BERMAN: I bet it doesn't feel very good after five days. Airport officials say this family has refused offers of lodging and vouchers for food.

BALDWIN: You have, what, two kids, right?


BALDWIN: Can you imagine schlepping your two kids back and forth trying to entertain them for five days waiting for a deal?

BERMAN: I could not last in an airport for five minutes with them let alone five days.

BALDWIN: Well, he is accused of covering up the Jerry Sandusky child sex abuse scandal. Former Penn State University President Graham Spanier is speaking out about the past, and also about his own shocking tales of child abuse. He talked to Jeff Toobin. Toobin went out there for two days to Pennsylvania. We're going to get insight on what he shared with our senior legal analyst, next.


BALDWIN: Forty-one minutes past the hour on Thursday. Welcome back to EARLY START. I am Brooke Baldwin.

BERMAN: I'm John Berman. We're very glad you're with us.

There is some big news today. The former president of Penn State is finally speaking out. He is addressing accusations that he concealed allegations against Jerry Sandusky.

Graham Spanier is not charged with a crime but he was cited in that report by former FBI Director Louis Freeh who says Spanier empowered Sandusky to attract victims to campus, ultimately failing to protect children for more than a decade.

BALDWIN: Obviously, all kinds of questions about what it was he knew and when he knew it, especially after this very notorious incident, the 2001 shower incident Sandusky spotted in the shower with a young child. He of course was asked about that from multiple sources including last night on ABC.


REPORTER: Didn't you have a moral obligation to find out who that child was and find out what happened?

GRAHAM SPANIER, FORMER PENN STATE PRESIDENT: I didn't conjure up anything more than I would have thought of simple horseplay. So, no, I didn't think of anything more than that.

(END VIDEO CLIP) BALDWIN: Horseplay he says. Jeff Toobin also sat down with Spanier for this extensive interview. You can read this interview on how many pages here, "The New Yorker".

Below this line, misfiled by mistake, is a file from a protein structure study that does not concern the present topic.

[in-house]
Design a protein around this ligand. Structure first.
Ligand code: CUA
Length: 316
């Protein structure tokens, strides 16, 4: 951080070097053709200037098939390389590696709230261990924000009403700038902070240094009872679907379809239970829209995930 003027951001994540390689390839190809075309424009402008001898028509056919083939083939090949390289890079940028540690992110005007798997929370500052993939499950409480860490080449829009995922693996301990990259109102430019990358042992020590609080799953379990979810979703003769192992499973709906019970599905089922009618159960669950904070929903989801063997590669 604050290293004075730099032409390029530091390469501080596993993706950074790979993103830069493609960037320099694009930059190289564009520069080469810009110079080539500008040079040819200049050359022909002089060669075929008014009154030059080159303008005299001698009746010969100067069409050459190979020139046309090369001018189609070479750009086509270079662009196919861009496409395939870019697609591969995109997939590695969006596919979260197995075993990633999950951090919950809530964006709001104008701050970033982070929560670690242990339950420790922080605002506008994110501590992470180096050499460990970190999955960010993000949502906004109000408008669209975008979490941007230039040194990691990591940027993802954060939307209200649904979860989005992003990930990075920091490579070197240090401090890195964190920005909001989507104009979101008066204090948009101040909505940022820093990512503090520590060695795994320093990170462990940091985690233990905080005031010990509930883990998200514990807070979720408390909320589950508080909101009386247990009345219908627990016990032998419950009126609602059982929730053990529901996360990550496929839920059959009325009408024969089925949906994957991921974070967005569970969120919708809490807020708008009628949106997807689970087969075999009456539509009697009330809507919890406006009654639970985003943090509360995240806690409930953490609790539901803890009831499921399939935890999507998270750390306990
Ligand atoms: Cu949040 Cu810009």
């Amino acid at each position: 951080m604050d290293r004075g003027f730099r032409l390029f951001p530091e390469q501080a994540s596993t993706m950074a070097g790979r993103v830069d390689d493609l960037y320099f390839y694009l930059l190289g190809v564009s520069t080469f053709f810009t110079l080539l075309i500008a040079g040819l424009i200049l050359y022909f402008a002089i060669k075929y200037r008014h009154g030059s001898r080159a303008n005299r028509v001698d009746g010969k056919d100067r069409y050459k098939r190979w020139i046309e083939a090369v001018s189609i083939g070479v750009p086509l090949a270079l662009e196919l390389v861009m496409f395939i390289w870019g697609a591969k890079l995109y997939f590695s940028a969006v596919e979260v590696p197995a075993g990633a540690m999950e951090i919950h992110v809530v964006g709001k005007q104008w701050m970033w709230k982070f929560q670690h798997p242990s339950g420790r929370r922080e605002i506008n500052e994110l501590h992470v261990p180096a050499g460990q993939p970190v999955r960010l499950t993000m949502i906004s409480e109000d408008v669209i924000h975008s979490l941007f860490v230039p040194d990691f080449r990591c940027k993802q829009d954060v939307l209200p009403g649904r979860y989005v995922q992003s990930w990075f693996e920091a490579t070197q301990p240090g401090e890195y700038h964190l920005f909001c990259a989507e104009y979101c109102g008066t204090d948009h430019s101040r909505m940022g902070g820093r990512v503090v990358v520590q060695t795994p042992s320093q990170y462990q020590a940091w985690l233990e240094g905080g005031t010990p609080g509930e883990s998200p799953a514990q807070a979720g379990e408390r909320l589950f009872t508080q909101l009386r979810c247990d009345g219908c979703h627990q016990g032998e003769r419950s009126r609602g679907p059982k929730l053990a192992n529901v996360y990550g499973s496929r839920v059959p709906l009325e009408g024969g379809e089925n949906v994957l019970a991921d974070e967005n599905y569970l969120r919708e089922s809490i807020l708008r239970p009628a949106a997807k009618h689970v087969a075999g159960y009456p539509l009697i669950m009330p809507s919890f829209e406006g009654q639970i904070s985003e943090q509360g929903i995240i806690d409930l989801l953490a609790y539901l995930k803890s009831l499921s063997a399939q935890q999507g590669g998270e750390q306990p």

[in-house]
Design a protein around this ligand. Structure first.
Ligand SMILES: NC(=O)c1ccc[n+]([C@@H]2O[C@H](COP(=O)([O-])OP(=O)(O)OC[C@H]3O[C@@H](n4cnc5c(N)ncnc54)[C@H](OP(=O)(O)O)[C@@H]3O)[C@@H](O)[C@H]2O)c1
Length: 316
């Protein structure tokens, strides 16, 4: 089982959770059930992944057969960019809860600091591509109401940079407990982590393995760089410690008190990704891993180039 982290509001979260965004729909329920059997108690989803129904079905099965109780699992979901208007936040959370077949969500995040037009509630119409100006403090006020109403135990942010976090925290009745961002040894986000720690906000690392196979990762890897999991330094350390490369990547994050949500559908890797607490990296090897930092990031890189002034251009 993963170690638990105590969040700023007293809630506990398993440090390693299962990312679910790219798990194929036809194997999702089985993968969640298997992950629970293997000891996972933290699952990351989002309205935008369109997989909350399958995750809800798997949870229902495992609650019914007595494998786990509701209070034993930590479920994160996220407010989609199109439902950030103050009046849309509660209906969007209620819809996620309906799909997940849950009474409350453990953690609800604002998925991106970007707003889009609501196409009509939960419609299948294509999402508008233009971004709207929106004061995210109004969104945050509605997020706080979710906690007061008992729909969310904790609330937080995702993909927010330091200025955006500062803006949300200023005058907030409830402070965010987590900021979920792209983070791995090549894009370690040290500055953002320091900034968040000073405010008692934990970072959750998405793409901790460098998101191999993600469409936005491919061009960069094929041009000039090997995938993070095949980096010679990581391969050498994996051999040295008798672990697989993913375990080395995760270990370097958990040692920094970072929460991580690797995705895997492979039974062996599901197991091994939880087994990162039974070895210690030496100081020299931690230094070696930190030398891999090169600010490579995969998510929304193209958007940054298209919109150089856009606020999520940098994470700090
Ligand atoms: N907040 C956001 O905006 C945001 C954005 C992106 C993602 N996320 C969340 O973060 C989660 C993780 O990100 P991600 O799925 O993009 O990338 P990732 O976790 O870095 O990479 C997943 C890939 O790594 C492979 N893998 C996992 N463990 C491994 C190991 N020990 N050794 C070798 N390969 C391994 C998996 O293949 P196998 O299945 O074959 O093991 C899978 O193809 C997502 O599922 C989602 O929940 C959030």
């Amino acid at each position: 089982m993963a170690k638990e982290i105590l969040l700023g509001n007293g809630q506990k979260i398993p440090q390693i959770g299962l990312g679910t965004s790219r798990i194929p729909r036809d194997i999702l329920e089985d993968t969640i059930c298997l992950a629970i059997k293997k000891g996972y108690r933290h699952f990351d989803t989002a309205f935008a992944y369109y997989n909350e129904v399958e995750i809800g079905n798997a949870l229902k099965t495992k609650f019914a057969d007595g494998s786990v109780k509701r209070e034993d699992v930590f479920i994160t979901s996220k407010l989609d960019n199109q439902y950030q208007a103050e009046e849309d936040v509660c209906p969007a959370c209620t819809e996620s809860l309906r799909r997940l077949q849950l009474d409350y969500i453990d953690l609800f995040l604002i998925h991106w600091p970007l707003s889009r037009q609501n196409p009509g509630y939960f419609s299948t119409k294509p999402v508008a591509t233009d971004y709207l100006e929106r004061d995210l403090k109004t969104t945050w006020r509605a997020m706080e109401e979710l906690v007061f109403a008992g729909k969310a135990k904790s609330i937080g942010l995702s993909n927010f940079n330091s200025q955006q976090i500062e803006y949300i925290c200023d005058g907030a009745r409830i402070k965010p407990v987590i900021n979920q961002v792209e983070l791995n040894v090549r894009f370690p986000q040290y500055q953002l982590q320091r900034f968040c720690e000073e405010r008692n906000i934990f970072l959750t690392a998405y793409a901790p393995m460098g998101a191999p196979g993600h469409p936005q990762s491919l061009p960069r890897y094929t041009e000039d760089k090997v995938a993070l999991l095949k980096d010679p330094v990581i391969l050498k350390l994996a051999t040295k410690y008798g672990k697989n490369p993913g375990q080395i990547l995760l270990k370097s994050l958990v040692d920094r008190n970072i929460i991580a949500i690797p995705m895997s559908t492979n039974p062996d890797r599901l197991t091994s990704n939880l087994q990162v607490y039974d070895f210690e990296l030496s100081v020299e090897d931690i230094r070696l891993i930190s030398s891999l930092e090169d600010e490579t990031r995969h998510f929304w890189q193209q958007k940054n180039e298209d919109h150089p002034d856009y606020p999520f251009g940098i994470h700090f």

BERMAN: It's on the Web site,


And I just want to begin with, so you're there, two days. Two days more or less, five hours, this whole discourse, back and forth.

Just right now, what is his mindset?

JEFFREY TOOBIN, CNN SENIOR LEGAL ANALYST: His mindset is: I am unjustly accused. He feels like, look, Jerry Sandusky was an evil, evil man, but I didn't know he was abusing children, and more to the point, it is not fair to assume I should have known.

I mean, that's the heart of the controversy about the management of Penn State is what should they have known about what Jerry Sandusky was doing and he goes through chapter and verse about why he should not have known.

BALDWIN: You ask him specifically about the two different incidents and you have in incident in 1998 where Sandusky took this 11-year-old boy back to Penn State, back to the showers, mother found out about this, disturbed, that was never prosecuted by the D.A.

2001, that was the big Mike McQueary, assistant -- grad assistant there, describing it in horrific detail in the grand jury report, the rhythmic slapping sounds in the shower. You asked him specifically about that incident. What did he say?

TOOBIN: Well, that's the key incident in this whole story. You know, Mike McQueary with the red hair and he tells the dramatic story in the grand jury and he tells at trial of walking into the shower and catching a glimpse of this horrible scene.

What Spanier says is that as the story was reported to me, Mike McQueary's name was mentioned and it is just someone saw Sandusky engaging in horseplay.

BALDWIN: Horseplay.

TOOBIN: Horseplay. That's all I heard about.

Now, you can ask the question and I certainly asked the question, what did you think horseplay was? He says, I don't know. I just was told horseplay and that's all I knew.

That did not trigger the kind of suspicion that the detailed horrible story that McQueary told to the jury would have triggered. But that -- his story is all I knew was horseplay and so I did not treat it as if it were a sex abuse issue.

BALDWIN: So part of that is this e-mail. This is from 2001, in terms of how the university should handle this incident, right?

TOOBIN: Right.

BALDWIN: So, he writes -- and he has been very much so criticized because of this -- "The approach is acceptable to me. The only downside for us is if the message isn't heard and acted upon. We then become vulnerable for not having reported it."